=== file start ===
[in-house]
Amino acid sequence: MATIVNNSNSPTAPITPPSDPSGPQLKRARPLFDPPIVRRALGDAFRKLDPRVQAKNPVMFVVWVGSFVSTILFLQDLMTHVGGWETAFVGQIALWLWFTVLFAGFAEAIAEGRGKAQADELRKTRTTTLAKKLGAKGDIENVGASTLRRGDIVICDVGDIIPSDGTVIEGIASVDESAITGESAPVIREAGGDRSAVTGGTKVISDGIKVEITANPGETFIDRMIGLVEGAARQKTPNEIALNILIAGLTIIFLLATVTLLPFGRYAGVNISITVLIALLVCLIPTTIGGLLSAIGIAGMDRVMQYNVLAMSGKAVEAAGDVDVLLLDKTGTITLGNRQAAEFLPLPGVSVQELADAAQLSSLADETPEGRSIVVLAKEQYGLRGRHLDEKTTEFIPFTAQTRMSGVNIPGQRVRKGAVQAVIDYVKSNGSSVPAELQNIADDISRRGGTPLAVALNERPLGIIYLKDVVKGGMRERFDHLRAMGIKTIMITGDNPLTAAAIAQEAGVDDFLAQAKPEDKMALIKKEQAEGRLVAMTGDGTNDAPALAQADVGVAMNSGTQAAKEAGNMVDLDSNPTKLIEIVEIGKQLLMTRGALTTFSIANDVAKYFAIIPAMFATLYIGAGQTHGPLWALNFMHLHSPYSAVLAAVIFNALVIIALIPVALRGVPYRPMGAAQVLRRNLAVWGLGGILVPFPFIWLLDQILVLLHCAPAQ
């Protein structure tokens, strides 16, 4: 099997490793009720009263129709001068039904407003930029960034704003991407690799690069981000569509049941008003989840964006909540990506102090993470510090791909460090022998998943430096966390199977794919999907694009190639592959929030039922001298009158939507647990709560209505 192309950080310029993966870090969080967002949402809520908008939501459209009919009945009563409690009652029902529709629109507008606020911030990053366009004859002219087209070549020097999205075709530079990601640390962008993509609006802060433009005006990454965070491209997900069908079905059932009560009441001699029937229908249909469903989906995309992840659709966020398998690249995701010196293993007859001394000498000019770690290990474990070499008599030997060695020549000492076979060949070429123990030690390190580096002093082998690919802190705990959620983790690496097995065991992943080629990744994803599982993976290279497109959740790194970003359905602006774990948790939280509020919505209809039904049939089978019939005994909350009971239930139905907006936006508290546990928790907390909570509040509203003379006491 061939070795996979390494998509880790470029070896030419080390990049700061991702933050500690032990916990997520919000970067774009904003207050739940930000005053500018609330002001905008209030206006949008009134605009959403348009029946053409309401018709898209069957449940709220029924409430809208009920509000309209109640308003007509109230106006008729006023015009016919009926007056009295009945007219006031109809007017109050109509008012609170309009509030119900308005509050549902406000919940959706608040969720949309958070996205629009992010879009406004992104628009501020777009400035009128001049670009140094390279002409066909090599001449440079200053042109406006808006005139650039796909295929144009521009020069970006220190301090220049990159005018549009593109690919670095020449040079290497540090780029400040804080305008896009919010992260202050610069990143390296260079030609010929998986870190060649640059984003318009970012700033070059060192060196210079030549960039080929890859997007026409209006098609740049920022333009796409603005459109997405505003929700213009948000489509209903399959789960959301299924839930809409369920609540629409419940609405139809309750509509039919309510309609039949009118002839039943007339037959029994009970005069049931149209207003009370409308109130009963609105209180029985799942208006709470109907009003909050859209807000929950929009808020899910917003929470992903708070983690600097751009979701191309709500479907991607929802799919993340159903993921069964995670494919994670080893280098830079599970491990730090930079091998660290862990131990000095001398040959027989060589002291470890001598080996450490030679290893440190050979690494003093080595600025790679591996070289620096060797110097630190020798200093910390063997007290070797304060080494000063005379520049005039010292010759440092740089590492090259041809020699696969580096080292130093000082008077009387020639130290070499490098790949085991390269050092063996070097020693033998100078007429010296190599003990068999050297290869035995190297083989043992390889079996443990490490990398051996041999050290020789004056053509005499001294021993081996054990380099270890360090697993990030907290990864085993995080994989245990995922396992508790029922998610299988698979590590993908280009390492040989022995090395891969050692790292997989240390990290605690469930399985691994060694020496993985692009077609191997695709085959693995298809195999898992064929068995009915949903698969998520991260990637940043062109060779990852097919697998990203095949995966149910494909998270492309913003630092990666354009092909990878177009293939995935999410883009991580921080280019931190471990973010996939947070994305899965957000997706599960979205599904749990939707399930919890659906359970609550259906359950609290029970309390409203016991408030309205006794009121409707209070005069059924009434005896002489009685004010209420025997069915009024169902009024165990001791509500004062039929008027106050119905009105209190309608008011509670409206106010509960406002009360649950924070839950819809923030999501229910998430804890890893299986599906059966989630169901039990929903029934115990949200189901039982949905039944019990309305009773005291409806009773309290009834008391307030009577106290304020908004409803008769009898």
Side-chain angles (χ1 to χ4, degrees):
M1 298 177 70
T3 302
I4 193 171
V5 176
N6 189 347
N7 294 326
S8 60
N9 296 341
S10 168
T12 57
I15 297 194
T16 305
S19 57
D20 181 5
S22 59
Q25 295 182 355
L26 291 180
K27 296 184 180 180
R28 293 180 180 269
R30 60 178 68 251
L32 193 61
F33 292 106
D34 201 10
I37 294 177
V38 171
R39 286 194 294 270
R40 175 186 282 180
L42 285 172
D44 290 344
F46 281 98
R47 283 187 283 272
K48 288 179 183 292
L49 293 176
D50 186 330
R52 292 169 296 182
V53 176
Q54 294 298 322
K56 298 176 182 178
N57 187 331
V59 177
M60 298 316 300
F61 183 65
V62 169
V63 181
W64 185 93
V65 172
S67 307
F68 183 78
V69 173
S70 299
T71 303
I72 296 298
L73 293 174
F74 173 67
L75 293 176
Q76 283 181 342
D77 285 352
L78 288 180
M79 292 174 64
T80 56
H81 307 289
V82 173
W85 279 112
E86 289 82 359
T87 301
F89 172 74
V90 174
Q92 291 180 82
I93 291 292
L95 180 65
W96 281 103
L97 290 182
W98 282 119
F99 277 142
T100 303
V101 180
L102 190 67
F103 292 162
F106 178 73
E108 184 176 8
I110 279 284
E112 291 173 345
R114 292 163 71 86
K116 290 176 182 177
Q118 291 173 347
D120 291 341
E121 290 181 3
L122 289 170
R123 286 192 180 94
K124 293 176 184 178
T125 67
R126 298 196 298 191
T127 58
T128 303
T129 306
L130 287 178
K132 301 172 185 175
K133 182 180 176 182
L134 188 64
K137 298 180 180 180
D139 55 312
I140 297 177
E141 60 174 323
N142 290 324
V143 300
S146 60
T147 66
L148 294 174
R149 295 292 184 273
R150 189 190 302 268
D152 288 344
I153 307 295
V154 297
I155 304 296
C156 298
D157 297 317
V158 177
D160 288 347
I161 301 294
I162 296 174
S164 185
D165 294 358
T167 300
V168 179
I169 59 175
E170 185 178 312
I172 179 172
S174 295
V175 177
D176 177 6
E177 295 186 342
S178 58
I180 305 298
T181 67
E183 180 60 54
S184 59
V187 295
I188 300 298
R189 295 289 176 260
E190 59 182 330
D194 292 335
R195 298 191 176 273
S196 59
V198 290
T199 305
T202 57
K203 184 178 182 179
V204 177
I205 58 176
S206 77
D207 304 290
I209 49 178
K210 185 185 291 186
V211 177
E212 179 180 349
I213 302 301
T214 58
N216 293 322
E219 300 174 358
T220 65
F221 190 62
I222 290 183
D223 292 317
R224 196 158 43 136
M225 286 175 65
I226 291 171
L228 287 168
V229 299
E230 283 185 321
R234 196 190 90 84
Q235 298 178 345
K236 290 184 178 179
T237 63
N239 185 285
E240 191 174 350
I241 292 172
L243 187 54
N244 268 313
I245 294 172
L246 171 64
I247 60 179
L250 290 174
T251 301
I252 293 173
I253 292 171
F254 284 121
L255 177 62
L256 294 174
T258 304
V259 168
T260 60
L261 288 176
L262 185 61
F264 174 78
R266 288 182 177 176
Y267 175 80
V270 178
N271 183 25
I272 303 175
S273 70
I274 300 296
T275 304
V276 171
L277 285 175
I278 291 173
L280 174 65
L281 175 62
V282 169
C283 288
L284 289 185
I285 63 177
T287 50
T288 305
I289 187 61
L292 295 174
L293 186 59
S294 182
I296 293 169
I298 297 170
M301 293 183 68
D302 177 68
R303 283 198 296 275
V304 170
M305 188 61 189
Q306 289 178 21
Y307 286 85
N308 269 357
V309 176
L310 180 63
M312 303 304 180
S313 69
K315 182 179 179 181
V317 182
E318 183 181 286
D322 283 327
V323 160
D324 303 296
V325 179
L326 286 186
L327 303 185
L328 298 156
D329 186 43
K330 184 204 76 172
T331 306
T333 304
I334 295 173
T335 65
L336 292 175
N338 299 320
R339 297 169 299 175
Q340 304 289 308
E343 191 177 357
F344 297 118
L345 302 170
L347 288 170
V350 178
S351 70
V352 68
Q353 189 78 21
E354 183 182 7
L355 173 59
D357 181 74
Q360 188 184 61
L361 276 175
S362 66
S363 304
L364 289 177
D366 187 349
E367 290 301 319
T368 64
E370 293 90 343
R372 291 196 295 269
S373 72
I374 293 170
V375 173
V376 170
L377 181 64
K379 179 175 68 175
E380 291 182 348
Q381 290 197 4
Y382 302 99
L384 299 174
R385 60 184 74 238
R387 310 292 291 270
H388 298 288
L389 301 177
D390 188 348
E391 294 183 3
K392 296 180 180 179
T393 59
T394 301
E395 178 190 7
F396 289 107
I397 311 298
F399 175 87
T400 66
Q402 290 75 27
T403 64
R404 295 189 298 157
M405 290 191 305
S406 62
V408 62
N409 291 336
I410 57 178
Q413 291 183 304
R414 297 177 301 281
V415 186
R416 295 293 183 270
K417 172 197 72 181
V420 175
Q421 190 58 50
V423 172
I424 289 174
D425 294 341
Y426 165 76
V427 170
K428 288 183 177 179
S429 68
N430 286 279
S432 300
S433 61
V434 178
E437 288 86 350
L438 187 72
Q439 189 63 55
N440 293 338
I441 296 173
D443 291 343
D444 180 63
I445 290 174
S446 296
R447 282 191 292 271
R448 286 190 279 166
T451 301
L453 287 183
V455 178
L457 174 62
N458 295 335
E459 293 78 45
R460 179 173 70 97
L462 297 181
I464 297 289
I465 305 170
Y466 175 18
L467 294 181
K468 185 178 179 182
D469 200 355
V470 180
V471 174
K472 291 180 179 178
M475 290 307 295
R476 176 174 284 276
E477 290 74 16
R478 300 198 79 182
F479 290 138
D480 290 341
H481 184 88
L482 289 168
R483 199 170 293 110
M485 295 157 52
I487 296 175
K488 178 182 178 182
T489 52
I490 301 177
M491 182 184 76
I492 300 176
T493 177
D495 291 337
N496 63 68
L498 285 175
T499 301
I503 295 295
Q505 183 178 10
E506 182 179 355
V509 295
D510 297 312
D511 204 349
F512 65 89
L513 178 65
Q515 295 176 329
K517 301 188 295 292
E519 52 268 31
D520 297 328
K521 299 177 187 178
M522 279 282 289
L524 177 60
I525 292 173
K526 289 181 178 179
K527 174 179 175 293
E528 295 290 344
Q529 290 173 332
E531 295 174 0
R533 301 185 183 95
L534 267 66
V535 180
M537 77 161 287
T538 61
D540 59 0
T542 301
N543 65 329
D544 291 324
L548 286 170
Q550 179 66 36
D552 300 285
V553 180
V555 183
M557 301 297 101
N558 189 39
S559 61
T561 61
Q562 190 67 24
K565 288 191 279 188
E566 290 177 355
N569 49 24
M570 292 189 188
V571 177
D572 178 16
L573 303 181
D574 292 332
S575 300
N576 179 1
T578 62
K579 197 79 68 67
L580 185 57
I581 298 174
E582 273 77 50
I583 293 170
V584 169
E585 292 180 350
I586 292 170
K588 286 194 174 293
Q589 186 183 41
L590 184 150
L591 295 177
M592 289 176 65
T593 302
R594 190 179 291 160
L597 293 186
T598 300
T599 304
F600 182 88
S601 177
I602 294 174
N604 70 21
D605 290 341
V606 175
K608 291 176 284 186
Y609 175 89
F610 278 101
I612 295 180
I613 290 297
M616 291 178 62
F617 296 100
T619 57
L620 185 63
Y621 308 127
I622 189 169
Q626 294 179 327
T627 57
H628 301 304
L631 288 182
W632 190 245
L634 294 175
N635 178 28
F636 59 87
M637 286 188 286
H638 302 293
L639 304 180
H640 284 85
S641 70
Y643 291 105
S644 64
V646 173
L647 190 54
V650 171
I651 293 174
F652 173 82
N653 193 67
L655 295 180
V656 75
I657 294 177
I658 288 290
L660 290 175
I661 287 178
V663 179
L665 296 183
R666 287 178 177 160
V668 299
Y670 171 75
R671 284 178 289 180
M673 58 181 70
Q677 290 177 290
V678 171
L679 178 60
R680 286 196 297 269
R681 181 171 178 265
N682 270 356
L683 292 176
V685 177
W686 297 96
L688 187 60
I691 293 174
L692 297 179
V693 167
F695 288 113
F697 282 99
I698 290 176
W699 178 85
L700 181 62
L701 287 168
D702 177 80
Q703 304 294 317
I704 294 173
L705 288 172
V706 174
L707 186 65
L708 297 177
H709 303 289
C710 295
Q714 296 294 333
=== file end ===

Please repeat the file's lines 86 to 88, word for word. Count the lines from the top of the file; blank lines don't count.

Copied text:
E112 291 173 345
R114 292 163 71 86
K116 290 176 182 177